Tailgating Etiquette – Simple Rules to Follow on Game Day
January 15, 2019
Just like any other event where mass amounts of people are involved, there are some basic rules that we all should follow to ensure everyone enjoys themselves. Luckily, tailgating etiquette is pretty simple to follow but it’s important to know (especially as a visitor). Most sports fans know that we are all there for the same reasons: Cheer our team on to victory, enjoy some great food, have some beverages, and revel in the camaraderie of your family, friends, and people around you. For most of us, this isn’t an issue. But every now and then someone will bring a bad vibe to a tailgating spot and that can spoil the mood for everyone. To help combat this, here are a few tailgating etiquette tips to keep in mind while you are enjoying game day.
Don’t Come Empty Handed
If you are invited to someone else’s tailgating spot it’s always best to offer to bring something. Chances are you will be enjoying food that someone else prepared and having drinks that someone else brought, so it’s only fair to bring along some sort of food or drink that everyone else can enjoy. It can be as little as chips and dip from the grocery store, a crock pot of little smokies, or as big as a platter of ribs or a jug of homemade Sangria. If preparing food or providing drinks seems like a daunting task, then bring some tailgating supplies such as plates, cups, napkins, silverware, etc. as those will eventually be needed. Since there may be a lot of people it may also be a good idea to bring your own chairs and that will save you from sitting on the worst known spot.. the cooler.
Show Your Team Pride
Whether you are decked in head to toe in face paint, overalls, and matching boots or if you’re wearing a modest T-shirt and jeans, it’s important to wear your team’s colors with pride. You don’t have to purchase every item in the team store but at the very least you should be sporting something that has your team’s colors and logo. This not only adds to the game day experience but it also conveys your allegiance to the team.
Leave the Long Toss for the Backyard
Since tailgating can last many hours before and even after the game, it’s good to have activities to help pass the time. Cornhole, tippy cup, beer pong, and ladder golf are known classics but nothing is as pure as throwing a football around and playing catch. I imagine for many us that tossing the pigskin around was our first introduction to football. It’s fine to still do that while tailgating but try not to toss it halfway across the parking lot while trying to relive your old high school or neighborhood glory days. You’ll run the risk of accidentally hitting someone which could be a real damper to the group.
Take Care of your Trash
This one is pretty straight forward. Nobody likes a messy person, so make sure you throw away your plates, napkins, empty cans, etc. in the proper receptacle. If the trash is full, offer to take it out and replace the bag. If tailgating is getting close to wrapping up, offer to help with the cleanup. This will go a long way with your tailgating host and it will be repaid with more future invites to come back.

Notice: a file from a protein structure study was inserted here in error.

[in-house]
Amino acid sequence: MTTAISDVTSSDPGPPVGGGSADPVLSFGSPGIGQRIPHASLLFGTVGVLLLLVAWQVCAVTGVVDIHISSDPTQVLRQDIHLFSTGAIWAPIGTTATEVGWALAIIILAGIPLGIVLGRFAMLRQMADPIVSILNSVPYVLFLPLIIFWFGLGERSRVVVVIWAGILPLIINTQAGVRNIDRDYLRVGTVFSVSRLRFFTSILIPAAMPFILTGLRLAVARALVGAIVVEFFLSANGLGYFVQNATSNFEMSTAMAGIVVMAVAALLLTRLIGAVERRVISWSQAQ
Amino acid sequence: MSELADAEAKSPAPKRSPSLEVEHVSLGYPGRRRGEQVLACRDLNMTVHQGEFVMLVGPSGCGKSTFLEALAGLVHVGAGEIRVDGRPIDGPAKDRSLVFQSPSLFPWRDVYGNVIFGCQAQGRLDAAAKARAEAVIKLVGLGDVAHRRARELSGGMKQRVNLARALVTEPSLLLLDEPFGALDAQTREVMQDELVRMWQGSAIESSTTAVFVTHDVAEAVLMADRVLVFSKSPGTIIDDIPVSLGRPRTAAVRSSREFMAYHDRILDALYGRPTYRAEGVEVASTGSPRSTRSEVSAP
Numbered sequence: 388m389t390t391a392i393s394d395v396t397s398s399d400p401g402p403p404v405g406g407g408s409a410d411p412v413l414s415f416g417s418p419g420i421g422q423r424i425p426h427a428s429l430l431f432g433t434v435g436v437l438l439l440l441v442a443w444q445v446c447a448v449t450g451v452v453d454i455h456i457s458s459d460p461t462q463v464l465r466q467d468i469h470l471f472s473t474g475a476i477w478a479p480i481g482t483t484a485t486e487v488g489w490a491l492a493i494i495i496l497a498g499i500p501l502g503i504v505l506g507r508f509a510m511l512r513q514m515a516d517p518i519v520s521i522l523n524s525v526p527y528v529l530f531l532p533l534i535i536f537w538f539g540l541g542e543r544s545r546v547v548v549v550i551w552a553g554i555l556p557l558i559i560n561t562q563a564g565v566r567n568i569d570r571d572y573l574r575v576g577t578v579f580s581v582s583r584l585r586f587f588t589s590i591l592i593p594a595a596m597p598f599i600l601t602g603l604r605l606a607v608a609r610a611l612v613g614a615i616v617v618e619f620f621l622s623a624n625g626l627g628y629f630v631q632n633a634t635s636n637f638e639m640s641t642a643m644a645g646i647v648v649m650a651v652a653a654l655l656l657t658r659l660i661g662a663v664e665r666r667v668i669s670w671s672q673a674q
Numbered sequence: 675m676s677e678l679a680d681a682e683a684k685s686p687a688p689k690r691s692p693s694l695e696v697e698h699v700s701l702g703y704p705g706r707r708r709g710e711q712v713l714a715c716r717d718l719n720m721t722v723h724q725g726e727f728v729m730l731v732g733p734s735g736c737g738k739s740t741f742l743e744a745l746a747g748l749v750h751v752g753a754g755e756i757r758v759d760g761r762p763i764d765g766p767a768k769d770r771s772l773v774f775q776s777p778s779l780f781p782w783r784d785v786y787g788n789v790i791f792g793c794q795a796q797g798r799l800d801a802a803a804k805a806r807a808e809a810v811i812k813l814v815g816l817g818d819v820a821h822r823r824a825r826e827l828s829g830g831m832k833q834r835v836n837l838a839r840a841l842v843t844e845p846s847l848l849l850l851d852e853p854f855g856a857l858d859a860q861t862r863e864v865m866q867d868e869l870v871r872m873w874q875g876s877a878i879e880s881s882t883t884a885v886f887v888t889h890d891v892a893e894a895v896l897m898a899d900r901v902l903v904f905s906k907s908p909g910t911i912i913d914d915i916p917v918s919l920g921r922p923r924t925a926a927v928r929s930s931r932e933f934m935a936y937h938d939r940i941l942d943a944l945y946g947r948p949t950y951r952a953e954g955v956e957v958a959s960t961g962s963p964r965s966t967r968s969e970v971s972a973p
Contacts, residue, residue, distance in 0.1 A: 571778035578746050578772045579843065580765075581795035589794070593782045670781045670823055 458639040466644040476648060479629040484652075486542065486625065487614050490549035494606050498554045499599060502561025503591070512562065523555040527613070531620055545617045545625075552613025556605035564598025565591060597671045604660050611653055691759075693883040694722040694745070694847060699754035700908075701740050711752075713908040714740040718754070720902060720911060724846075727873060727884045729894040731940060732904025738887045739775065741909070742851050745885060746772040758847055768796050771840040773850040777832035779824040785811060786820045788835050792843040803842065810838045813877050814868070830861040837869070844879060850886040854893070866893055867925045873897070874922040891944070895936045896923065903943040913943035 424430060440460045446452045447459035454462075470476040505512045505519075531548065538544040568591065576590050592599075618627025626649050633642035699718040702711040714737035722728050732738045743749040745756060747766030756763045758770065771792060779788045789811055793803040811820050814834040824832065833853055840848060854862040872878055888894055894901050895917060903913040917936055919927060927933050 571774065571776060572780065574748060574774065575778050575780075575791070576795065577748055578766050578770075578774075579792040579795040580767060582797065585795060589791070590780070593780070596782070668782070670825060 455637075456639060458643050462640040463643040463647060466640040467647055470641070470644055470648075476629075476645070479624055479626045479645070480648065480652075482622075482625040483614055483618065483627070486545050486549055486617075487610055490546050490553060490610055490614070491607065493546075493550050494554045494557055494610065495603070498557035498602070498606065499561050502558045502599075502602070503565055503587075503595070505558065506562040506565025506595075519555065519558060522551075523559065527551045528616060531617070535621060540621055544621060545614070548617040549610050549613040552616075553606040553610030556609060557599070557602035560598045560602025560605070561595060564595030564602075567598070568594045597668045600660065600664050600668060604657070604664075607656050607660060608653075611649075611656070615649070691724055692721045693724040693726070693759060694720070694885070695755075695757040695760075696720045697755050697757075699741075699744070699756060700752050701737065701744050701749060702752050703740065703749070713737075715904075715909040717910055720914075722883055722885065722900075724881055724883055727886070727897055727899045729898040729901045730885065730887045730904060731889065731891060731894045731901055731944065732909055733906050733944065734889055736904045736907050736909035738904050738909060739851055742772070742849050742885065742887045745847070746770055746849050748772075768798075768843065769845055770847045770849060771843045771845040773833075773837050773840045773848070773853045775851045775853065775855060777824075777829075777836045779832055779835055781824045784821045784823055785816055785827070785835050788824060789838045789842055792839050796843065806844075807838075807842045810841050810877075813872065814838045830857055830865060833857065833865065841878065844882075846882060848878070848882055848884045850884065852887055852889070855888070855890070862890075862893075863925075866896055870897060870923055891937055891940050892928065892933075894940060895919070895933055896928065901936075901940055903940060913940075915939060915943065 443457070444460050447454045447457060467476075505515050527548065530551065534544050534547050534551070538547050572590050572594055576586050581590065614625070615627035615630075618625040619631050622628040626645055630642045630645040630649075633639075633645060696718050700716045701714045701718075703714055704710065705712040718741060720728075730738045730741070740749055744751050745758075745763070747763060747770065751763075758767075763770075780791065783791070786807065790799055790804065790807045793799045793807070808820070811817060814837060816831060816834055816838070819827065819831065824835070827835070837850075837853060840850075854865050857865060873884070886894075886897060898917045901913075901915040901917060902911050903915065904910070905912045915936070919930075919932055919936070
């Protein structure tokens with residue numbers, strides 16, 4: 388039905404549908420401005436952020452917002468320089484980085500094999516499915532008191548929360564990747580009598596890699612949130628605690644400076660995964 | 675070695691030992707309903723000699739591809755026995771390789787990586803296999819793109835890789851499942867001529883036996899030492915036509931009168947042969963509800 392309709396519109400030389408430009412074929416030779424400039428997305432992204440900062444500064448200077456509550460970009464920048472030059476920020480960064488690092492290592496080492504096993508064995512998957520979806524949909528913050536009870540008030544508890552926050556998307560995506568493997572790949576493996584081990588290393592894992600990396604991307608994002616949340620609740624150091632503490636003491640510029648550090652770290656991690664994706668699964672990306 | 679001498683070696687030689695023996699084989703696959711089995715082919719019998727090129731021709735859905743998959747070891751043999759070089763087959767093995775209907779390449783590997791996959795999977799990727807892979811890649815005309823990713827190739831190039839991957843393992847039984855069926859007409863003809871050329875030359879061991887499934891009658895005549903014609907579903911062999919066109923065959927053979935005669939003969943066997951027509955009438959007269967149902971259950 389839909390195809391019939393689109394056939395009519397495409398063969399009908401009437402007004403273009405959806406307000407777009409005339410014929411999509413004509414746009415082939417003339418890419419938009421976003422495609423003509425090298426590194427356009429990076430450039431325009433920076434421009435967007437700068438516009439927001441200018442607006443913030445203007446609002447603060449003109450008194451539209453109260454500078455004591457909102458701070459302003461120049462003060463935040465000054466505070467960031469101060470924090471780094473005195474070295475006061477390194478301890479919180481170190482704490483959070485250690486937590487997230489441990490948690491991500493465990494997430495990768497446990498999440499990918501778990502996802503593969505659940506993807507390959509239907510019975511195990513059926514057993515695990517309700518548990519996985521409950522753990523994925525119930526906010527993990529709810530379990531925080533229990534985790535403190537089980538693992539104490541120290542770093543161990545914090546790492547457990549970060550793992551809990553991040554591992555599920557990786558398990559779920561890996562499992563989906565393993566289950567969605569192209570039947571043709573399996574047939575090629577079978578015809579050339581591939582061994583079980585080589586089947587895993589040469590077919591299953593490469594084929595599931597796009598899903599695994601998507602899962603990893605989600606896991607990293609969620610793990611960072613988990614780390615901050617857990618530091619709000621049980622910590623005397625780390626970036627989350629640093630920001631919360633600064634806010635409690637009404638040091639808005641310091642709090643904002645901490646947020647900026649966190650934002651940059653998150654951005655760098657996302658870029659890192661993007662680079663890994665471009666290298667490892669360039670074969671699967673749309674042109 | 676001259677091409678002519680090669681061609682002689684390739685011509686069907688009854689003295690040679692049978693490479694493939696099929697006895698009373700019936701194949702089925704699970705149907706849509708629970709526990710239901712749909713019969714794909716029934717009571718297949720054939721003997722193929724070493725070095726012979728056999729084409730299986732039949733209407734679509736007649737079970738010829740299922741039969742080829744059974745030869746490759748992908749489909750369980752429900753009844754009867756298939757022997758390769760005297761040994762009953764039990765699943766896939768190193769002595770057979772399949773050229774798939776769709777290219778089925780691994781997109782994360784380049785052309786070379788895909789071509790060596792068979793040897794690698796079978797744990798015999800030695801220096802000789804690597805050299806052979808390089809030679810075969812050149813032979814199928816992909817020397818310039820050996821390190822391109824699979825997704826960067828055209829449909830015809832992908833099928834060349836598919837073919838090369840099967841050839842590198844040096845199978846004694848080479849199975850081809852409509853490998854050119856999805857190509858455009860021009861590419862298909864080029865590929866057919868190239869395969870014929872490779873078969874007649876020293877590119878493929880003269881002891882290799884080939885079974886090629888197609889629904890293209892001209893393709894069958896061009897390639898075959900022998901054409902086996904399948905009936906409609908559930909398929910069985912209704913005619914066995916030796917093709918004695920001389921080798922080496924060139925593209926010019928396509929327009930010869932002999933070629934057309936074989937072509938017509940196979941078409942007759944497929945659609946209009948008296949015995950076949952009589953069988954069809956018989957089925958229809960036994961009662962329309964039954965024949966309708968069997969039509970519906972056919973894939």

Be Friendly with Everyone, Even the Visitors
With so many people attending tailgating events each year, you are bound to make some new friends. It pays to keep a happy-go-lucky attitude while conversing with people as you never know who you could end up meeting. This goes the same with the visiting crowd. Sure, some playful ribbing back and forth between each other can be expected, but keep it light-hearted and fun. They are here for the same reasons you are, so you should treat them how you’d like to be treated if you were a part of the visiting crowd.
Don’t Drink Too Much
It is often said that tailgating is a marathon, not a sprint. Sounds cliche, but it’s the truth. I’ve seen numerous times when guys and girls (typically young college students) drink way too much and way too fast and end up having a pretty bad day. So it’s a good idea know your limits and to pace yourself throughout the day. Maybe start with a beer or pour a nice mixed drink rather than chug that Fireball. For those early afternoon games where you’ll start tailgating in the morning, coffee with Irish creme or Caesars are a great, light start. Definitely drink some water and eat some food throughout the day as well. If you pace yourself correctly, you’ll be able to enjoy a full day of tailgating and the game itself.
Get Home Safely
At the end of a fun-filled, action packed day the most important thing to do is to get home safe. Sometimes it can be a little chaotic after a football game. Parking lots are full of people trying to leave, people are weaving between cars in the streets, and some people may be still feeling the effects from their tailgating earlier in the day. If you can, try to have a plan of how you are getting home after the game. Whether you need to arrange a ride for yourself or hang out at the stadium for a bit until the crowd thins out, do your best to get home safely.
I hope you find some value in these tips for proper tailgating etiquette. As you go though and enjoy your experiences you may come up more tips of your own. Sound off in the comments below if you have any additional tips that you’d like to share or any horror stories of bad tailgating etiquette you’ve experienced!